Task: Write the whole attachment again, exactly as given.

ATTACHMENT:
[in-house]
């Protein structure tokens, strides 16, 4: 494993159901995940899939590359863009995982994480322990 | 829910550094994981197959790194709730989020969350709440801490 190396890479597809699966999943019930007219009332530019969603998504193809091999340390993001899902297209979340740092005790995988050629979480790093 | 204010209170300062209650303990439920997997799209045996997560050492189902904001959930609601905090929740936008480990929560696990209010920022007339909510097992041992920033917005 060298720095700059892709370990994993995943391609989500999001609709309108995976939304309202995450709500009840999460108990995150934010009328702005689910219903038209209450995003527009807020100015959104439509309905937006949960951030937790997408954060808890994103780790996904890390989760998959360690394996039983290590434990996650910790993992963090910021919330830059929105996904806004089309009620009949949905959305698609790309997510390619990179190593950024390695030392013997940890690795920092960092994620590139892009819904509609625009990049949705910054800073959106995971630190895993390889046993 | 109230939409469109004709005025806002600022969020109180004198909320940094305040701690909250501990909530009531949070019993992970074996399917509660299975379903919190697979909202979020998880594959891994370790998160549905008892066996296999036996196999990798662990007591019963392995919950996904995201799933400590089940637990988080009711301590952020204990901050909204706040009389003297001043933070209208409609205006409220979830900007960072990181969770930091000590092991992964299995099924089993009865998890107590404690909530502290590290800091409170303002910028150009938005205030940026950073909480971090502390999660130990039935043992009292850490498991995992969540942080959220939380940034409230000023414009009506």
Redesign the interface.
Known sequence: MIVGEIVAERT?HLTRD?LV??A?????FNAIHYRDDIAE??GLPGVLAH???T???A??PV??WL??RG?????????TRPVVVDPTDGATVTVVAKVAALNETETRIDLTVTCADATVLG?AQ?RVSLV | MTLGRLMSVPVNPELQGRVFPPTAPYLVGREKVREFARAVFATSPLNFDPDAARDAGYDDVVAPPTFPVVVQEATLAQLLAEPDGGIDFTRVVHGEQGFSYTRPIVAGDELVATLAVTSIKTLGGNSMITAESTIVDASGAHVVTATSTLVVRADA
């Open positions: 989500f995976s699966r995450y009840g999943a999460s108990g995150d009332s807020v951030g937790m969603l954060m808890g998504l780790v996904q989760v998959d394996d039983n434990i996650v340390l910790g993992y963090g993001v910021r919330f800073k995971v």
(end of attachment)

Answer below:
[in-house]
């Protein structure tokens, strides 16, 4: 494993159901995940899939590359863009995982994480322990 | 829910550094994981197959790194709730989020969350709440801490 190396890479597809699966999943019930007219009332530019969603998504193809091999340390993001899902297209979340740092005790995988050629979480790093 | 204010209170300062209650303990439920997997799209045996997560050492189902904001959930609601905090929740936008480990929560696990209010920022007339909510097992041992920033917005 060298720095700059892709370990994993995943391609989500999001609709309108995976939304309202995450709500009840999460108990995150934010009328702005689910219903038209209450995003527009807020100015959104439509309905937006949960951030937790997408954060808890994103780790996904890390989760998959360690394996039983290590434990996650910790993992963090910021919330830059929105996904806004089309009620009949949905959305698609790309997510390619990179190593950024390695030392013997940890690795920092960092994620590139892009819904509609625009990049949705910054800073959106995971630190895993390889046993 | 109230939409469109004709005025806002600022969020109180004198909320940094305040701690909250501990909530009531949070019993992970074996399917509660299975379903919190697979909202979020998880594959891994370790998160549905008892066996296999036996196999990798662990007591019963392995919950996904995201799933400590089940637990988080009711301590952020204990901050909204706040009389003297001043933070209208409609205006409220979830900007960072990181969770930091000590092991992964299995099924089993009865998890107590404690909530502290590290800091409170303002910028150009938005205030940026950073909480971090502390999660130990039935043992009292850490498991995992969540942080959220939380940034409230000023414009009506």
Redesign the interface.
Known sequence: MIVGEIVAERT?HLTRD?LV??A?????FNAIHYRDDIAE??GLPGVLAH???T???A??PV??WL??RG?????????TRPVVVDPTDGATVTVVAKVAALNETETRIDLTVTCADATVLG?AQ?RVSLV | MTLGRLMSVPVNPELQGRVFPPTAPYLVGREKVREFARAVFATSPLNFDPDAARDAGYDDVVAPPTFPVVVQEATLAQLLAEPDGGIDFTRVVHGEQGFSYTRPIVAGDELVATLAVTSIKTLGGNSMITAESTIVDASGAHVVTATSTLVVRADA
């Open positions: 989500f995976s699966r995450y009840g999943a999460s108990g995150d009332s807020v951030g937790m969603l954060m808890g998504l780790v996904q989760v998959d394996d039983n434990i996650v340390l910790g993992y963090g993001v910021r919330f800073k995971v």